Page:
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From "Chris Anderson" <>
Subject Re: all_seqs stream (was Re: Update notifications including update sequence)
Date Mon, 19 Jan 2009 08:42:31 GMT
On Mon, Jan 19, 2009 at 12:35 AM, Ulises <> wrote:
>> The idea behind this is to unify the replication and standard http
>> client interfaces for updates streams, so for instance GET replication
>> (incrementally updating a db that's current as of seq 200) could work
>> via a request like:
>> /db/_updates?since=200&include_docs=full
>> And an _external that wanted to see every (or a subset) of updates
>> (for instance a Full Text Indexer) could use the same mechanism to
>> incrementally maintain an index.
> That's rather interesting and beg the question whether this wouldn't
> render _external obsolete? You could simply manage your own
> ex-_external as a separate process that kept this comet notification
> channel open.

The _external would still need to be able to respond to client
requests - although processes (like an index updater) that don't
directly talk to the client could work just fine without being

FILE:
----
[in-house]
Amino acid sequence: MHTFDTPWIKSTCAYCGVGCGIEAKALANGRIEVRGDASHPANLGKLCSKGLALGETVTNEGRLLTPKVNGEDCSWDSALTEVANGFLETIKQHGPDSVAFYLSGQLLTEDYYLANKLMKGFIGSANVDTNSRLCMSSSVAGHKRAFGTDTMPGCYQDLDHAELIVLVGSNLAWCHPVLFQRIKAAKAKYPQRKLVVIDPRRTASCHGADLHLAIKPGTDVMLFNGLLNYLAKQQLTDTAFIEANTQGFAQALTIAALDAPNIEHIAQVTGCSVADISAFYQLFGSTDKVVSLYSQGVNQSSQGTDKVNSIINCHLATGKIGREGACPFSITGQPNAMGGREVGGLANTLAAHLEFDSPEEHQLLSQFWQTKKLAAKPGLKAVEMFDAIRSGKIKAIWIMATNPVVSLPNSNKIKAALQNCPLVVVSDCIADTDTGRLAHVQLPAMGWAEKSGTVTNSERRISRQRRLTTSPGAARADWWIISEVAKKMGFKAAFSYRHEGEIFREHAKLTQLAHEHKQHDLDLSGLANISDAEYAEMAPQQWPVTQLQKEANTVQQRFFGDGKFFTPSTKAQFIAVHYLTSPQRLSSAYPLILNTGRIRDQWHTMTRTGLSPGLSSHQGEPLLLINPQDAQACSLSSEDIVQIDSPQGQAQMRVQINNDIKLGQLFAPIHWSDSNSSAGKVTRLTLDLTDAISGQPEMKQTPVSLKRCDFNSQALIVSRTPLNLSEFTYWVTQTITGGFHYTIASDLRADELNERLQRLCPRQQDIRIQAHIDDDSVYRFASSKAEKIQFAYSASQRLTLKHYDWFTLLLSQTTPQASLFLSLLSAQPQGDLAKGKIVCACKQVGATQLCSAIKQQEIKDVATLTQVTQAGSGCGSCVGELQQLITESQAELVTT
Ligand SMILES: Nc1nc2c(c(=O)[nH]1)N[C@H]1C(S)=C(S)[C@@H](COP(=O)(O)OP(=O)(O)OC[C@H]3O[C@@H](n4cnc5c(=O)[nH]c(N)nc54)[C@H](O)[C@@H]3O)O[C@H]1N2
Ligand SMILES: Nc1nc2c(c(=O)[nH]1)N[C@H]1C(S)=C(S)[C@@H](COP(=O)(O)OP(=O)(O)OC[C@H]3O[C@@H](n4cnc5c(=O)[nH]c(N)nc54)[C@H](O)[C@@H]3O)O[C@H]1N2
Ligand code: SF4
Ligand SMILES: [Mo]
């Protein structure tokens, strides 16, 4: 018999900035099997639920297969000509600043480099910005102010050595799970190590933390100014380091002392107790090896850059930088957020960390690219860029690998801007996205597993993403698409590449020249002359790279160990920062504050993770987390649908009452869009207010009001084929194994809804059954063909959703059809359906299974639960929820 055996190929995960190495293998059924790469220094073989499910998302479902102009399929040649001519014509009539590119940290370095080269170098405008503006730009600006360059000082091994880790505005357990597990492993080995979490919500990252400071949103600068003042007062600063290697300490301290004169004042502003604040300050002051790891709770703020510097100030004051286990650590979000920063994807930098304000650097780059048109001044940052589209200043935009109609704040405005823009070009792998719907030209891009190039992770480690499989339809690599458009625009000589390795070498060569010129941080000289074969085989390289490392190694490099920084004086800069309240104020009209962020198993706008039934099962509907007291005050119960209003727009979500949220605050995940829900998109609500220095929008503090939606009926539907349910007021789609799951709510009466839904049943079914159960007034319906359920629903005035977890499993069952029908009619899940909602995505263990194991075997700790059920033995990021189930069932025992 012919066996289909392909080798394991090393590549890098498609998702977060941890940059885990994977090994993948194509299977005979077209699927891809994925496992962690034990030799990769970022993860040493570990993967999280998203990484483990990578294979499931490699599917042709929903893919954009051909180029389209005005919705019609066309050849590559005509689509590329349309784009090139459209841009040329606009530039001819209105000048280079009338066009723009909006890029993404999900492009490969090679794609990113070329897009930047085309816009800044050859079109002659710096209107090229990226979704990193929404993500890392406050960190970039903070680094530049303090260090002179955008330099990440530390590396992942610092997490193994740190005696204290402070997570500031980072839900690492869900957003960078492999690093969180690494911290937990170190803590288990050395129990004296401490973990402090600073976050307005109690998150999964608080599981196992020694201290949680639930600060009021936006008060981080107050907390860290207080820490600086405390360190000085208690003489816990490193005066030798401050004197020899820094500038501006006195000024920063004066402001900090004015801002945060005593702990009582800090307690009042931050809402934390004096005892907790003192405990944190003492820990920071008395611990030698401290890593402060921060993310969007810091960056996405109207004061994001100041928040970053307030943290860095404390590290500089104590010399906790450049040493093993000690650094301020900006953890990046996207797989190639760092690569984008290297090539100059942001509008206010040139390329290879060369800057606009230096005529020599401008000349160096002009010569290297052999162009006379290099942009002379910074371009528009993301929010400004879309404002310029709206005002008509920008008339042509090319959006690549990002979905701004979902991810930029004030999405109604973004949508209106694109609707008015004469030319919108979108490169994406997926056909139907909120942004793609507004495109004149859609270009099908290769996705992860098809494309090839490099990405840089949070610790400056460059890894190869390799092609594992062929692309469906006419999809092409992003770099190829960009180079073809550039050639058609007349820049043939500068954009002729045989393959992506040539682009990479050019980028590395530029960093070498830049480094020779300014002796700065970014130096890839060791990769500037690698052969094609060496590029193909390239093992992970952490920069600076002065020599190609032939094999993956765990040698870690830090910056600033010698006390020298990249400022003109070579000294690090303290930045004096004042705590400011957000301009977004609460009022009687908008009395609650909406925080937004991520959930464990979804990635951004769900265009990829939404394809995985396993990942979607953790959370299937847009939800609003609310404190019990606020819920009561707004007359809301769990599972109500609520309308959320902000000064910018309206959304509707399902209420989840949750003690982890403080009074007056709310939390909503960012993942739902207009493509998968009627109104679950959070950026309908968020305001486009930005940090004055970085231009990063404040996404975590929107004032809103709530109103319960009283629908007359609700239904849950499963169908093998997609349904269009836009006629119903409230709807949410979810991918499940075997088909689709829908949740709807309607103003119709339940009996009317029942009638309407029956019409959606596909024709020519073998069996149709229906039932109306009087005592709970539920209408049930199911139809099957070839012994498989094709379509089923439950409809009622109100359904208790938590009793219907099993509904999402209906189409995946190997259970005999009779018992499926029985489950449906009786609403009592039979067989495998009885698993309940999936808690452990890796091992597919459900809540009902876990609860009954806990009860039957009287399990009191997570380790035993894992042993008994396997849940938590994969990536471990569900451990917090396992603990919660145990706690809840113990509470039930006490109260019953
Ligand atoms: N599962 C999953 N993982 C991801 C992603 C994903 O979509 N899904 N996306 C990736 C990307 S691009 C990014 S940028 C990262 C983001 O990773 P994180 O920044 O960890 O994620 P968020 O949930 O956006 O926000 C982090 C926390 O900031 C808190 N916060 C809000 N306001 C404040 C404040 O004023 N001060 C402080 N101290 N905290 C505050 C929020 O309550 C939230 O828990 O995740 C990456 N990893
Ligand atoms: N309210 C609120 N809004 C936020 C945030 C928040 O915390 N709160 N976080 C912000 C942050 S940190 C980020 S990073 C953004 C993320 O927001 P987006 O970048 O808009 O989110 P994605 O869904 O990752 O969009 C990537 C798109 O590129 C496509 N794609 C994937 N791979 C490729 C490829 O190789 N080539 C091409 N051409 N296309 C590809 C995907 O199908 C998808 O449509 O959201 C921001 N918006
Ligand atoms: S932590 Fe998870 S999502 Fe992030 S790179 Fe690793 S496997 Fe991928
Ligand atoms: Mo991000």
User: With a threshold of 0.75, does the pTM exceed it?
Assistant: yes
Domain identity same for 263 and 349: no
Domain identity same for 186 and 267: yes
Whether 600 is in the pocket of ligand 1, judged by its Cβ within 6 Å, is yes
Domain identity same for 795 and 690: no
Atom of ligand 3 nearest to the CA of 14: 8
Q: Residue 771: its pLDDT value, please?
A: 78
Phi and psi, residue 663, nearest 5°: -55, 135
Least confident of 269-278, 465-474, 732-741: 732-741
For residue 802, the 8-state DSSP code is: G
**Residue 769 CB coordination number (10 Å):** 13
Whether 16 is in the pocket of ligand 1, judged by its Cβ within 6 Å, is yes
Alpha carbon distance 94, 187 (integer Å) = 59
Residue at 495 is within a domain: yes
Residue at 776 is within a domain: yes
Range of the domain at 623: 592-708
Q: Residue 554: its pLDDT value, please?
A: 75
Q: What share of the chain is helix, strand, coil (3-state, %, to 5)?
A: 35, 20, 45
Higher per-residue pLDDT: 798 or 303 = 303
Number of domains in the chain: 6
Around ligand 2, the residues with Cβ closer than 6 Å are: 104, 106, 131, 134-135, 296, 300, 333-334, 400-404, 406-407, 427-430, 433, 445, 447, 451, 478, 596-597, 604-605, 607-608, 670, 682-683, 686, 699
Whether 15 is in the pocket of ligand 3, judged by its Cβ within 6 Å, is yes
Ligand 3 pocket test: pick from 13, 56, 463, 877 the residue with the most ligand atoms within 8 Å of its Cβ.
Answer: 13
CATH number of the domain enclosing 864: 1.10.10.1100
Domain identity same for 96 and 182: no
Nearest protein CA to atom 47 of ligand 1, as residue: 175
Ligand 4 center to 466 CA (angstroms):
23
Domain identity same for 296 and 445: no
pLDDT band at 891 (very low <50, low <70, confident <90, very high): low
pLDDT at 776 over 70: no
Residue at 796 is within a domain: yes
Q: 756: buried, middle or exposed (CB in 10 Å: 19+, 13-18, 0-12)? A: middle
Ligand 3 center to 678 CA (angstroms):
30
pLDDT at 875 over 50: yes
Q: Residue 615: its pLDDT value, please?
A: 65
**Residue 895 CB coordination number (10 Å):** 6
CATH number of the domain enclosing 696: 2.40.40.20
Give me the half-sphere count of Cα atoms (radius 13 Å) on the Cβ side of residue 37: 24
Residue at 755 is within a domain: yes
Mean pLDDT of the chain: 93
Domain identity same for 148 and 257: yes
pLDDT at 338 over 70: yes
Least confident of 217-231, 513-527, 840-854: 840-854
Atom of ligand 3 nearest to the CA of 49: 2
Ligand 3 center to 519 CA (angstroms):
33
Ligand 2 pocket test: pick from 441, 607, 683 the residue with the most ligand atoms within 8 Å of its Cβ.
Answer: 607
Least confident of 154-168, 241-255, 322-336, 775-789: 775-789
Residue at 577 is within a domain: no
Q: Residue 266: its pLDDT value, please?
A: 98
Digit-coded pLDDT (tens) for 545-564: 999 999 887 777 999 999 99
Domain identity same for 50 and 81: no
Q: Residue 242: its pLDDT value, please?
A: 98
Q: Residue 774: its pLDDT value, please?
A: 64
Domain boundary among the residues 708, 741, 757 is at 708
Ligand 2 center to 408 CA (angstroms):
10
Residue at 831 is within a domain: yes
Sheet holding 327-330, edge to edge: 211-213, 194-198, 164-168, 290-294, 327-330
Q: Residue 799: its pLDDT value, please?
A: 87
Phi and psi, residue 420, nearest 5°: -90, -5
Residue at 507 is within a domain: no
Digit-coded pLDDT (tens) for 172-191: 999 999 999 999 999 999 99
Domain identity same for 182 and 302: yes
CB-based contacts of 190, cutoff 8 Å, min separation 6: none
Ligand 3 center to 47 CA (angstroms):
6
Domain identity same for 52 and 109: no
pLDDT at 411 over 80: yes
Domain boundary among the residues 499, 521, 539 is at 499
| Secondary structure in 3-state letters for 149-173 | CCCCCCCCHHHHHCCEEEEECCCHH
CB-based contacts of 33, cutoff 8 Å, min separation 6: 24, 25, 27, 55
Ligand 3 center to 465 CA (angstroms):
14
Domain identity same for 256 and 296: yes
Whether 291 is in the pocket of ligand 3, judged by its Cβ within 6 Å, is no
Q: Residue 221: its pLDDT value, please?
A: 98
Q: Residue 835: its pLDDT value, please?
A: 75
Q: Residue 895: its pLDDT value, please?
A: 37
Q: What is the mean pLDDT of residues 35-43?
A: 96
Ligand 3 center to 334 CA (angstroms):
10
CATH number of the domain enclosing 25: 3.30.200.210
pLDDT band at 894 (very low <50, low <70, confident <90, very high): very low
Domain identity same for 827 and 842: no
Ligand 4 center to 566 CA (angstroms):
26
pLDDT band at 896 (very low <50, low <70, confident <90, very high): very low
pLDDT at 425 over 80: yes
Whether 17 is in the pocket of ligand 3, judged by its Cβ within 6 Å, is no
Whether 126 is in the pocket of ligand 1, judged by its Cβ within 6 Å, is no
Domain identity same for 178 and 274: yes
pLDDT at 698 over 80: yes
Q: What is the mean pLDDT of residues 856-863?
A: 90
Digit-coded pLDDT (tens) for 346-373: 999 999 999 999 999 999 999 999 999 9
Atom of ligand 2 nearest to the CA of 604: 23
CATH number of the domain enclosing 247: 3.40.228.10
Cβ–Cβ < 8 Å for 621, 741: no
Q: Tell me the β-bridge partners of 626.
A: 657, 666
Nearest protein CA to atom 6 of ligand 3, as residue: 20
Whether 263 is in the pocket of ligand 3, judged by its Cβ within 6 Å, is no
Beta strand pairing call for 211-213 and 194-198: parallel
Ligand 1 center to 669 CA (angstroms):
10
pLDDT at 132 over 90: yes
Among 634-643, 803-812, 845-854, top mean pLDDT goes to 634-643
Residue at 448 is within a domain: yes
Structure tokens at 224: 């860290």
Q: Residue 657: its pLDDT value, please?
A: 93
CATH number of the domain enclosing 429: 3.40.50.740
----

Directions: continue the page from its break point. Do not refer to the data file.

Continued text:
registered as a db-update-notification-process.

There is also some value to having Couch agree to kick a set of
scripts when updates come in (in case something dies), but if the
process management code starts to bog us down we can always drop it
and refer people to their operating system's services support.

>> Update streams (especially filtered ones) are one of the most powerful
>> tools CouchDB offers. For instance, with filtered streams, you can
>> very easily make docs into persistent state-machines. And the
>> Comet-style requests mixed with client-specified filters makes it very
>> easy to write event-driven browser apps.
> It does indeed. I'm already thinking RSS, IM Server in couchdb
> anybody? The options this might open are rather interesting.

I got excited to write this thread when I started drafting out what
IRC would look like if it ran on Couches. :)


Chris Anderson

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